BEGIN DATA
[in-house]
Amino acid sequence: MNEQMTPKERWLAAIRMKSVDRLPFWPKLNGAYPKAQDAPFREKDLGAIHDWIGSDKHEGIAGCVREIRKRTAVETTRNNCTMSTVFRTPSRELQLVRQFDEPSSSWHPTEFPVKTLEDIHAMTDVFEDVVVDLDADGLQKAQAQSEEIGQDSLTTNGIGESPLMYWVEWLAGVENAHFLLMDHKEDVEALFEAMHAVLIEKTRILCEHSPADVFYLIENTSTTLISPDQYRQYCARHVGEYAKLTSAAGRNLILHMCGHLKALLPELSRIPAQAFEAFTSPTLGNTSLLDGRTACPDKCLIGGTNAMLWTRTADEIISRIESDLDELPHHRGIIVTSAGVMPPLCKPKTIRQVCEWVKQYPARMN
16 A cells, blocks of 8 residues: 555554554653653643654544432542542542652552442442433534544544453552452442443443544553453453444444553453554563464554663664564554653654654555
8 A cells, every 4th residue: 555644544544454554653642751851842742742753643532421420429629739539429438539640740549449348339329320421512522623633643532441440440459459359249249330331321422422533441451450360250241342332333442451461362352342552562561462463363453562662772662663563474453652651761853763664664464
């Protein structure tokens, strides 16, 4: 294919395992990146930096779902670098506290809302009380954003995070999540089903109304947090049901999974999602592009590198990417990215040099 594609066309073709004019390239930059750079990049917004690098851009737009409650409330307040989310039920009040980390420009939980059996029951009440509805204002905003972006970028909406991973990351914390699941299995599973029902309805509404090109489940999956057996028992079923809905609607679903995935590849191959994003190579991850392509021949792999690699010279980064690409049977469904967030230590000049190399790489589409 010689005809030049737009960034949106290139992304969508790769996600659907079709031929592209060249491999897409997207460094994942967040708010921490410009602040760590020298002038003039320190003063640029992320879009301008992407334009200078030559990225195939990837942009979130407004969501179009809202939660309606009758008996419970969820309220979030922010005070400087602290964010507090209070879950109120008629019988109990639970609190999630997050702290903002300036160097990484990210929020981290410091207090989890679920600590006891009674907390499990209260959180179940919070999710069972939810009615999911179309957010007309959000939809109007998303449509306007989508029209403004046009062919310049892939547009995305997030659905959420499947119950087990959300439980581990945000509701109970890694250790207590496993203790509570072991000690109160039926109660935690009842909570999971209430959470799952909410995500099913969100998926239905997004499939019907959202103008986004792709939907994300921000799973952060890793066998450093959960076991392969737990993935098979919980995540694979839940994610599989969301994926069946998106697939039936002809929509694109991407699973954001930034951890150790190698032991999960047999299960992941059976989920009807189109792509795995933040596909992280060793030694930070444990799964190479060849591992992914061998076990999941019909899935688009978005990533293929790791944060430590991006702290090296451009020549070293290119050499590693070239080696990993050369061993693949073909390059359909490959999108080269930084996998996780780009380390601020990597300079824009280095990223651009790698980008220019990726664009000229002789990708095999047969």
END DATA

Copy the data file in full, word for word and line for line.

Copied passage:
[in-house]
Amino acid sequence: MNEQMTPKERWLAAIRMKSVDRLPFWPKLNGAYPKAQDAPFREKDLGAIHDWIGSDKHEGIAGCVREIRKRTAVETTRNNCTMSTVFRTPSRELQLVRQFDEPSSSWHPTEFPVKTLEDIHAMTDVFEDVVVDLDADGLQKAQAQSEEIGQDSLTTNGIGESPLMYWVEWLAGVENAHFLLMDHKEDVEALFEAMHAVLIEKTRILCEHSPADVFYLIENTSTTLISPDQYRQYCARHVGEYAKLTSAAGRNLILHMCGHLKALLPELSRIPAQAFEAFTSPTLGNTSLLDGRTACPDKCLIGGTNAMLWTRTADEIISRIESDLDELPHHRGIIVTSAGVMPPLCKPKTIRQVCEWVKQYPARMN
16 A cells, blocks of 8 residues: 555554554653653643654544432542542542652552442442433534544544453552452442443443544553453453444444553453554563464554663664564554653654654555
8 A cells, every 4th residue: 555644544544454554653642751851842742742753643532421420429629739539429438539640740549449348339329320421512522623633643532441440440459459359249249330331321422422533441451450360250241342332333442451461362352342552562561462463363453562662772662663563474453652651761853763664664464
């Protein structure tokens, strides 16, 4: 294919395992990146930096779902670098506290809302009380954003995070999540089903109304947090049901999974999602592009590198990417990215040099 594609066309073709004019390239930059750079990049917004690098851009737009409650409330307040989310039920009040980390420009939980059996029951009440509805204002905003972006970028909406991973990351914390699941299995599973029902309805509404090109489940999956057996028992079923809905609607679903995935590849191959994003190579991850392509021949792999690699010279980064690409049977469904967030230590000049190399790489589409 010689005809030049737009960034949106290139992304969508790769996600659907079709031929592209060249491999897409997207460094994942967040708010921490410009602040760590020298002038003039320190003063640029992320879009301008992407334009200078030559990225195939990837942009979130407004969501179009809202939660309606009758008996419970969820309220979030922010005070400087602290964010507090209070879950109120008629019988109990639970609190999630997050702290903002300036160097990484990210929020981290410091207090989890679920600590006891009674907390499990209260959180179940919070999710069972939810009615999911179309957010007309959000939809109007998303449509306007989508029209403004046009062919310049892939547009995305997030659905959420499947119950087990959300439980581990945000509701109970890694250790207590496993203790509570072991000690109160039926109660935690009842909570999971209430959470799952909410995500099913969100998926239905997004499939019907959202103008986004792709939907994300921000799973952060890793066998450093959960076991392969737990993935098979919980995540694979839940994610599989969301994926069946998106697939039936002809929509694109991407699973954001930034951890150790190698032991999960047999299960992941059976989920009807189109792509795995933040596909992280060793030694930070444990799964190479060849591992992914061998076990999941019909899935688009978005990533293929790791944060430590991006702290090296451009020549070293290119050499590693070239080696990993050369061993693949073909390059359909490959999108080269930084996998996780780009380390601020990597300079824009280095990223651009790698980008220019990726664009000229002789990708095999047969």